So, our government just placed a tariff on low cost Chinese solar panels, making them not so low cost. I thought our energy policy was, in part, to encourage the use of alternative energy sources, particularly wind and solar. Government has certainly spent enough money funding alt.energy projects that experienced technology developers found too impractical. Adding tariffs/taxes to raise the cost of solar, making it less cost effective, seems at odds with our policy goals. Right wing partisans might think that there is some deeper sinister plot at work. Perhaps there is, but our government seems to be so big and complex that the right hand destroys what the left hand creates. Ineptitude and inefficiency may be baked into the cake. Would we be farther down the solar path if government had just done nothing?
Posts Tagged ‘Energy’
It’s not every day that Minnesota makes the editorial page of the Wall Street Journal, but today is such a day.
The editorial questions the wisdom of Minnesota’s renewable energy mandate. The author notes (correctly) that the mandate increases the cost of electricity and that the burden of the cost increase falls mainly on the poor and middle class. They also claim that the environmental benefits are almost zero. Whatever the benefits, they certainly have direct costs to households.
The Journal fails to mention the indirect costs. The high cost of electricity in Minnesota makes it less appealing to businesses, especially those that are heavy users of electricity. This used to mean big manufacturing operations or aluminum smelters, but it increasingly includes outfits with big server farms such as Google, Microsoft, and Amazon. Discouraging both traditional and high tech industries from locating here seems like a dubious economic development strategy.
This strikes me as another attempt to make things better that actually make things worse.
You might think it would be a “no brainer” to reverse course, but I doubt it. There is such a thing as institutional inertia and every bad idea has a core of supporters. For some, environmental concerns trump everything else and they won’t retreat from victories, no matter how small the benefit or how great the cost.
Minnesotans will continue to be gouged by the wind.
I have no idea what our foreign policy toward Libya should be, nor do I know enough about nuclear power plants to know whether the Japanese or Americans are right about safety precautions. But I do know about laundry, and How Washington Ruined Your Washing Machine resonates with me. Due to bonehead regulation, inexpensive washing machines no longer get clothes clean. This is just another Washington assault on the poor and middle classes, as well as their laundry. A person ought to think twice about advocates for the “common good” – this seems to be the code phrase for taking you to the cleaners. Maybe the Republicans can clean up the mess the Democrats have made, but I doubt it. All I know is this: if you screw up the little things, you’ll probably screw up the big things.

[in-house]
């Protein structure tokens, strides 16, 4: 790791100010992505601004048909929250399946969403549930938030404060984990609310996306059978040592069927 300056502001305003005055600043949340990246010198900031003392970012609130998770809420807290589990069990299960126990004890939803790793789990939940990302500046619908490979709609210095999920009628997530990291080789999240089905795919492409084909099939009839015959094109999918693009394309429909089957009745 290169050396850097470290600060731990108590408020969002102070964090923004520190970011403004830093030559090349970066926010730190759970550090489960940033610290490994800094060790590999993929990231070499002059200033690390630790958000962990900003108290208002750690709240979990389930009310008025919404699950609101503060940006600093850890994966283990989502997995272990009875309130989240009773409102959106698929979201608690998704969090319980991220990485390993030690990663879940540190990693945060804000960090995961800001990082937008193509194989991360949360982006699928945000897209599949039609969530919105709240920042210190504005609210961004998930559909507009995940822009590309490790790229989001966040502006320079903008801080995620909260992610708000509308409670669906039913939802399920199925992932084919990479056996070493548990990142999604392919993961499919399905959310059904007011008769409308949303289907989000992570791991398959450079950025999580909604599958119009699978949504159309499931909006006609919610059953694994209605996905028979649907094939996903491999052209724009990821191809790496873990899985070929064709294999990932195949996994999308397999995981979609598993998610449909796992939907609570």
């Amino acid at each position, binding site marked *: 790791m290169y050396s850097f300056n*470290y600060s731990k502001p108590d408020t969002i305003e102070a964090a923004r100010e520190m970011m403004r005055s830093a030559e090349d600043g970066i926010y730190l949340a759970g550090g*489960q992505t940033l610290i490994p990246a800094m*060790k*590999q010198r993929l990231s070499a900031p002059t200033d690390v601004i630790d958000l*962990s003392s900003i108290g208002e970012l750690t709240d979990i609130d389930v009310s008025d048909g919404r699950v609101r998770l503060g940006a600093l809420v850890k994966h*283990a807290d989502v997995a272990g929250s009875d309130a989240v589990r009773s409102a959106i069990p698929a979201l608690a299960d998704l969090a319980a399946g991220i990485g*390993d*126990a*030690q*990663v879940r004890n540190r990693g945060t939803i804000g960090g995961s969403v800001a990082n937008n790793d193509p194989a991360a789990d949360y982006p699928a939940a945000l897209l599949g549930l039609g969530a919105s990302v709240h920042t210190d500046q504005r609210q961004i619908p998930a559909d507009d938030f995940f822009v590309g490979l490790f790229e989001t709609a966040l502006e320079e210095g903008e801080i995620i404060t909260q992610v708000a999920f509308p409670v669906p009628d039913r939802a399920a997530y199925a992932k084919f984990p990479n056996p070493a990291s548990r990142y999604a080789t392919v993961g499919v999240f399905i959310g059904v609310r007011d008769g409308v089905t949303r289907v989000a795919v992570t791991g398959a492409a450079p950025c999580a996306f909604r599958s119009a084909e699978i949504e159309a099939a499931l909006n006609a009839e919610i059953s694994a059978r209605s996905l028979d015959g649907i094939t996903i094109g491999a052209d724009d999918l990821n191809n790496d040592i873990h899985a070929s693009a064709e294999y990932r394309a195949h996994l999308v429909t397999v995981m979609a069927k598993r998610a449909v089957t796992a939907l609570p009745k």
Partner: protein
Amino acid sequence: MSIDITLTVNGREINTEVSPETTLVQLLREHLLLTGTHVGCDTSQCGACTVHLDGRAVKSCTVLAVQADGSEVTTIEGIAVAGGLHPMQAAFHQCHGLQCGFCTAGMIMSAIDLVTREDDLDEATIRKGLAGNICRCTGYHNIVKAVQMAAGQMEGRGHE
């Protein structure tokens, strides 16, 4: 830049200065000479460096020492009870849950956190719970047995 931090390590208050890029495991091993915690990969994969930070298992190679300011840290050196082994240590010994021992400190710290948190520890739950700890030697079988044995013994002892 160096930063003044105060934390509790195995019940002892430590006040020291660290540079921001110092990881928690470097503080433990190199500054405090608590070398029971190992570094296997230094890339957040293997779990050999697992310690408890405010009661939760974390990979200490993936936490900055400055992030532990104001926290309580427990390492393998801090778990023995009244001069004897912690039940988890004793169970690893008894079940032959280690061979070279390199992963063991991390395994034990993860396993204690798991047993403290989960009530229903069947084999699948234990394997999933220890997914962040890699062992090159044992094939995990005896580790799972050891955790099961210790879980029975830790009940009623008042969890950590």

By promising to double our supply of renewables, Mr. Obama is only trying to keep pace with his predecessor. Yes, that’s right: From 2005 to 2007, the former Texas oil man oversaw a near-doubling of the electrical output from solar and wind power. And between 2007 and 2008, output from those sources grew by another 30%.
Mr. Bush’s record aside, the key problem facing Mr. Obama, and anyone else advocating a rapid transition away from the hydrocarbons that have dominated the world’s energy mix since the dawn of the Industrial Age, is the same issue that dogs every alternative energy idea: scale.
Mr. Bryce explains why even the most ambitious “green energy” effort won’t come close to making us “energy independent”. It’s not complicated – it’s just math. Of course, politicians don’t appear to have much aptitude for math. If they do, they keep it well hidden, at least if there are votes at stake.
Nixon started the push for “energy independence” and it’s had strong bi-partisan support ever since. I’ve always thought that any idea that has bi-partisan support is a real stinker. It’s sad to another administration follow in Nixon’s footsteps.
Daniel Henninger makes some very good points about the difference in energy policy as seen by Democrats and Republicans. There is, indeed, a choice to be made. Everyone seems to want to move in the direction of energy alternatives. The difference is speed and risk. The Democratic view is that we should move at great speed and at great risk to the economy (although they never say the last part). The Republican view is that we should move at a slower pace and with very little risk to the economy.
As a practical matter, moving very quickly isn’t an option, no matter how much anyone wants it. Our energy system and economy are too huge. And damaging the economy isn’t likely either – it’s too resilient. At the end of the day, the path suggested by the Republicans (and Paris Hilton!) is the one we’ll follow. If Senator Obama wins, there may be a few false starts, but we’ll end up in a similar place.